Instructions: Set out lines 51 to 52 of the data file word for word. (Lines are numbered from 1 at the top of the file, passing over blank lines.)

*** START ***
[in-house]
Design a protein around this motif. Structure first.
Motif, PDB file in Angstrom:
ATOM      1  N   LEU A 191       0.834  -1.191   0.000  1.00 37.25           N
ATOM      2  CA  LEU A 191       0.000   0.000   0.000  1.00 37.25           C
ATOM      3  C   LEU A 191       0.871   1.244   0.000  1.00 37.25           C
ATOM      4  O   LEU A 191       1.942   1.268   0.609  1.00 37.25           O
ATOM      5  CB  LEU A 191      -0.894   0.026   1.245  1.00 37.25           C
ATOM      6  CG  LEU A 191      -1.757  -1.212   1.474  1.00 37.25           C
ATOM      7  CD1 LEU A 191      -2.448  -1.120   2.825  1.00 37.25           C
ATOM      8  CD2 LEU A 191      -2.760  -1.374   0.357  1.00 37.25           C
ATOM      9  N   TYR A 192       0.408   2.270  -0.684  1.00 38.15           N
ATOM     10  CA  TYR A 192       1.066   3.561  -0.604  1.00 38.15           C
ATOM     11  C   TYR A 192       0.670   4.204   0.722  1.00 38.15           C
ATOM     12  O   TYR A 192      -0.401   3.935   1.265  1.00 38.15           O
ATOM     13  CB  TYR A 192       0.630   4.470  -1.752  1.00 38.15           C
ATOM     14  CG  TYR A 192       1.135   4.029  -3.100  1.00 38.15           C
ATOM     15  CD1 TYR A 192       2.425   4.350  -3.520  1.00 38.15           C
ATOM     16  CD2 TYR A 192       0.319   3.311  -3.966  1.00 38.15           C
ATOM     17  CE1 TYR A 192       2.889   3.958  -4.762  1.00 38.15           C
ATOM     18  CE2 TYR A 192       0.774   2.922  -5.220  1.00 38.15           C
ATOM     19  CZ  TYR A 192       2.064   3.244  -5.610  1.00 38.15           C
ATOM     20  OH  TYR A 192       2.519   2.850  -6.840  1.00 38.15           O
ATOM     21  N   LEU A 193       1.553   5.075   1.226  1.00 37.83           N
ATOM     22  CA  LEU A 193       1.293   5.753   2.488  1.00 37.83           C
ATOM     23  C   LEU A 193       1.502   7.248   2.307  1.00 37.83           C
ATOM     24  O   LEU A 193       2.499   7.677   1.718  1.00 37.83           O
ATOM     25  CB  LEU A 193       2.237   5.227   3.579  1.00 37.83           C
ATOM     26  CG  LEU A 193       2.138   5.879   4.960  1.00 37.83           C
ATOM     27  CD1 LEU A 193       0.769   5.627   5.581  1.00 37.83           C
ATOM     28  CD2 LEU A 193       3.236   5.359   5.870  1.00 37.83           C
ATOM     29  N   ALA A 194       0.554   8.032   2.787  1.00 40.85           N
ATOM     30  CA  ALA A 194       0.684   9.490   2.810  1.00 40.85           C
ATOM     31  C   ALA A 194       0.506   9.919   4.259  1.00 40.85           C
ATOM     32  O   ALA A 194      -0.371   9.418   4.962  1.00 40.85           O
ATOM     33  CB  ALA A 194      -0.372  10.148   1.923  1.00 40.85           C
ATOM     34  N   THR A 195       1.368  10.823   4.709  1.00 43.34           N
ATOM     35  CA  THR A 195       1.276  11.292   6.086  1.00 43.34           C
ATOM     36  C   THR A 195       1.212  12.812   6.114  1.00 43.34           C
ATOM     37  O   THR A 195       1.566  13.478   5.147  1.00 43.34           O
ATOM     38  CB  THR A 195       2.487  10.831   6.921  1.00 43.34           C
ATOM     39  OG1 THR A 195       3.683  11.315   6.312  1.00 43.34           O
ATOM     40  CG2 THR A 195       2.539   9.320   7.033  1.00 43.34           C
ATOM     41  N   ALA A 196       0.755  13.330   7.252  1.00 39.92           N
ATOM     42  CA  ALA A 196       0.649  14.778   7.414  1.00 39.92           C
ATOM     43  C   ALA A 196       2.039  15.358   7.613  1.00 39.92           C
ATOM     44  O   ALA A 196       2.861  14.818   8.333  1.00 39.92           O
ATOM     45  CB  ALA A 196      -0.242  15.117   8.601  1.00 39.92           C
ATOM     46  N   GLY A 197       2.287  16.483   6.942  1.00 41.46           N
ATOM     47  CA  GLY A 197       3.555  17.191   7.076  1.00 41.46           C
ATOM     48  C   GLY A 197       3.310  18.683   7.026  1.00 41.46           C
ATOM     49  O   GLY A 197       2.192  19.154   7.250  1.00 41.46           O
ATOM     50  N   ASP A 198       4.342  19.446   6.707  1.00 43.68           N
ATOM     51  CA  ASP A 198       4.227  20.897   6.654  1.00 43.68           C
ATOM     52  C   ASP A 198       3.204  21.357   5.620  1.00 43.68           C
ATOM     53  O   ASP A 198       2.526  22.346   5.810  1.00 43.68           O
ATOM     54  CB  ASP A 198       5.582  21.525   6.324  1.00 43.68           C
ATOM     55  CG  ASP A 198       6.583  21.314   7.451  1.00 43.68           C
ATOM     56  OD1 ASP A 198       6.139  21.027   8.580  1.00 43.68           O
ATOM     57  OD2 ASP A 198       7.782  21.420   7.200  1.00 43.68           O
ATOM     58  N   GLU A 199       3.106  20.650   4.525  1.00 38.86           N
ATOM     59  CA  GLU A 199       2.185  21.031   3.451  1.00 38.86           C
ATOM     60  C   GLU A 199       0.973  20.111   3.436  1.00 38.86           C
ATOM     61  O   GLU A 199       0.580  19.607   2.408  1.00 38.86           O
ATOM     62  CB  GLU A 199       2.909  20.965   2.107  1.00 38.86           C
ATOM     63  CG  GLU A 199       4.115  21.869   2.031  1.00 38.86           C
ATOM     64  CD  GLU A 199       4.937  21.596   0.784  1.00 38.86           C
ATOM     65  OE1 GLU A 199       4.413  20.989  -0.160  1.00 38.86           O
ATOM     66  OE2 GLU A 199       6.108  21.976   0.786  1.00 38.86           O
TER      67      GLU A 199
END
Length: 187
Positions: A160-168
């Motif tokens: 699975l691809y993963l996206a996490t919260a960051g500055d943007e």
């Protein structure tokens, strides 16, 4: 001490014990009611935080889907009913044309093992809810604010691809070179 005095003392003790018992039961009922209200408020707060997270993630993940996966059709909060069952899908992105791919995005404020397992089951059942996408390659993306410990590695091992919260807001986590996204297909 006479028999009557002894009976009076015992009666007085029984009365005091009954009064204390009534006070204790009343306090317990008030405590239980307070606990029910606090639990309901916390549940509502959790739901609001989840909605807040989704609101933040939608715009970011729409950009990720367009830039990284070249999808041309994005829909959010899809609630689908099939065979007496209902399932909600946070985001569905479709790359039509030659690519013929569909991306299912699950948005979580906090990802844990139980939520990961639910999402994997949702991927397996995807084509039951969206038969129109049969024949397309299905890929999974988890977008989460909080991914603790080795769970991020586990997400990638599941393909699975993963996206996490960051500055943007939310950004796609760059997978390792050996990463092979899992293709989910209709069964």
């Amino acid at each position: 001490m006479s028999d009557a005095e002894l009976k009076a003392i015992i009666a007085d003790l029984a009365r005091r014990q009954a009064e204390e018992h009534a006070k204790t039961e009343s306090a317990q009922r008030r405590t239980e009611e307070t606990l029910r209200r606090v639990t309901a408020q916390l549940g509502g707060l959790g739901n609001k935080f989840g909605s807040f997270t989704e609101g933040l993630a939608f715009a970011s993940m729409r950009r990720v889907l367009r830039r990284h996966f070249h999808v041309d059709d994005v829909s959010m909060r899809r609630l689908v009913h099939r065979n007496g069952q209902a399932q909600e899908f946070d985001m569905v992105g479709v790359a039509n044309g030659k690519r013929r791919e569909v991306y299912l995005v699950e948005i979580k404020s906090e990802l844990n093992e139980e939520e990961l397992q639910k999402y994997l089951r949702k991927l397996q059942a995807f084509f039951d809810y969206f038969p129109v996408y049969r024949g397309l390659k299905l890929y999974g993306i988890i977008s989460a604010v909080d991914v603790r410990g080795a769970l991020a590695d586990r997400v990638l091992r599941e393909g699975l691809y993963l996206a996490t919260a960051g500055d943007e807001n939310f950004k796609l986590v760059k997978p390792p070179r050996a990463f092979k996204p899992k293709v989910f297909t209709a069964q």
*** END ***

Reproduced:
ATOM     48  C   GLY A 197       3.310  18.683   7.026  1.00 41.46           C
ATOM     49  O   GLY A 197       2.192  19.154   7.250  1.00 41.46           O